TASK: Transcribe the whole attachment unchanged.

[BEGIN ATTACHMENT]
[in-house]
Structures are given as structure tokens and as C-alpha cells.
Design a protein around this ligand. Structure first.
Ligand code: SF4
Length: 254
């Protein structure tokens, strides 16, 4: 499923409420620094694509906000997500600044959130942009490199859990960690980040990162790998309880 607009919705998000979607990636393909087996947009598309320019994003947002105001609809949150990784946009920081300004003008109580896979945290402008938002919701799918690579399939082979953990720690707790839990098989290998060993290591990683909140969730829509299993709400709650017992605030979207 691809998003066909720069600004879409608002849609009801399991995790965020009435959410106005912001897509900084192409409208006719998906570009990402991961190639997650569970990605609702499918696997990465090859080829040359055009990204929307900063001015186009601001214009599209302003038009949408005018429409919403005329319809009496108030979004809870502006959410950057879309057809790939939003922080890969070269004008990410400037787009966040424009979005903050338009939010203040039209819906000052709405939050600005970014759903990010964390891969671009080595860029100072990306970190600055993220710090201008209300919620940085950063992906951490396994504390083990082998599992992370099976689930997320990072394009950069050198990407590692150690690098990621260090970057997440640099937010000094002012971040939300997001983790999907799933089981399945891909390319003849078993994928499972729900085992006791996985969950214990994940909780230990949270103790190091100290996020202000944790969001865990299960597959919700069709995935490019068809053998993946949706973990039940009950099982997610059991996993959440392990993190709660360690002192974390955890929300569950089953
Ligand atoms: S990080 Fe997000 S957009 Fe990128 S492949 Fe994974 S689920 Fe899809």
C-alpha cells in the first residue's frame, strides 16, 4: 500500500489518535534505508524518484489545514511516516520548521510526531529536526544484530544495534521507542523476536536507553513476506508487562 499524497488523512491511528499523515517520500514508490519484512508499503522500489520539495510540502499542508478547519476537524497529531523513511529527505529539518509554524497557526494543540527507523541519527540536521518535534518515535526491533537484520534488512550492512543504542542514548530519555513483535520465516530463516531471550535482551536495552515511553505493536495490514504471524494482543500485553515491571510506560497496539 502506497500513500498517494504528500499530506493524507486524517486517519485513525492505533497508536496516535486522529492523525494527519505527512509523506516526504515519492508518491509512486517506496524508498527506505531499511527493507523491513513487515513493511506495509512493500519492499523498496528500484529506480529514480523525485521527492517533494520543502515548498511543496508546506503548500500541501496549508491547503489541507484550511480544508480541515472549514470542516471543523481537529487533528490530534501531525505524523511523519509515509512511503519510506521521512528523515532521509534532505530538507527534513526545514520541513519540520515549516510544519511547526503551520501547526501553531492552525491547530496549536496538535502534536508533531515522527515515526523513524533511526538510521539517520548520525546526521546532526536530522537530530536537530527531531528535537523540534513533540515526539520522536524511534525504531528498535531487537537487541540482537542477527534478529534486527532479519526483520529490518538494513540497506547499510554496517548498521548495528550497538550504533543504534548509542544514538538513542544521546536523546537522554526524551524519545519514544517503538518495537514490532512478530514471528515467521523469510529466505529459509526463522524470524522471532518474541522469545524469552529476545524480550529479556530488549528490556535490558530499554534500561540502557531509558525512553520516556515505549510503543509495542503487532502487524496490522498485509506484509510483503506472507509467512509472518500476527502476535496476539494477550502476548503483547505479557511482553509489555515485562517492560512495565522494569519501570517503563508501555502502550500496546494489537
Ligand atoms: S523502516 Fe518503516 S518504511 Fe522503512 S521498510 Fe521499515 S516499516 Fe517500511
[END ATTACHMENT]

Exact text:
[in-house]
Structures are given as structure tokens and as C-alpha cells.
Design a protein around this ligand. Structure first.
Ligand code: SF4
Length: 254
């Protein structure tokens, strides 16, 4: 499923409420620094694509906000997500600044959130942009490199859990960690980040990162790998309880 607009919705998000979607990636393909087996947009598309320019994003947002105001609809949150990784946009920081300004003008109580896979945290402008938002919701799918690579399939082979953990720690707790839990098989290998060993290591990683909140969730829509299993709400709650017992605030979207 691809998003066909720069600004879409608002849609009801399991995790965020009435959410106005912001897509900084192409409208006719998906570009990402991961190639997650569970990605609702499918696997990465090859080829040359055009990204929307900063001015186009601001214009599209302003038009949408005018429409919403005329319809009496108030979004809870502006959410950057879309057809790939939003922080890969070269004008990410400037787009966040424009979005903050338009939010203040039209819906000052709405939050600005970014759903990010964390891969671009080595860029100072990306970190600055993220710090201008209300919620940085950063992906951490396994504390083990082998599992992370099976689930997320990072394009950069050198990407590692150690690098990621260090970057997440640099937010000094002012971040939300997001983790999907799933089981399945891909390319003849078993994928499972729900085992006791996985969950214990994940909780230990949270103790190091100290996020202000944790969001865990299960597959919700069709995935490019068809053998993946949706973990039940009950099982997610059991996993959440392990993190709660360690002192974390955890929300569950089953
Ligand atoms: S990080 Fe997000 S957009 Fe990128 S492949 Fe994974 S689920 Fe899809």
C-alpha cells in the first residue's frame, strides 16, 4: 500500500489518535534505508524518484489545514511516516520548521510526531529536526544484530544495534521507542523476536536507553513476506508487562 499524497488523512491511528499523515517520500514508490519484512508499503522500489520539495510540502499542508478547519476537524497529531523513511529527505529539518509554524497557526494543540527507523541519527540536521518535534518515535526491533537484520534488512550492512543504542542514548530519555513483535520465516530463516531471550535482551536495552515511553505493536495490514504471524494482543500485553515491571510506560497496539 502506497500513500498517494504528500499530506493524507486524517486517519485513525492505533497508536496516535486522529492523525494527519505527512509523506516526504515519492508518491509512486517506496524508498527506505531499511527493507523491513513487515513493511506495509512493500519492499523498496528500484529506480529514480523525485521527492517533494520543502515548498511543496508546506503548500500541501496549508491547503489541507484550511480544508480541515472549514470542516471543523481537529487533528490530534501531525505524523511523519509515509512511503519510506521521512528523515532521509534532505530538507527534513526545514520541513519540520515549516510544519511547526503551520501547526501553531492552525491547530496549536496538535502534536508533531515522527515515526523513524533511526538510521539517520548520525546526521546532526536530522537530530536537530527531531528535537523540534513533540515526539520522536524511534525504531528498535531487537537487541540482537542477527534478529534486527532479519526483520529490518538494513540497506547499510554496517548498521548495528550497538550504533543504534548509542544514538538513542544521546536523546537522554526524551524519545519514544517503538518495537514490532512478530514471528515467521523469510529466505529459509526463522524470524522471532518474541522469545524469552529476545524480550529479556530488549528490556535490558530499554534500561540502557531509558525512553520516556515505549510503543509495542503487532502487524496490522498485509506484509510483503506472507509467512509472518500476527502476535496476539494477550502476548503483547505479557511482553509489555515485562517492560512495565522494569519501570517503563508501555502502550500496546494489537
Ligand atoms: S523502516 Fe518503516 S518504511 Fe522503512 S521498510 Fe521499515 S516499516 Fe517500511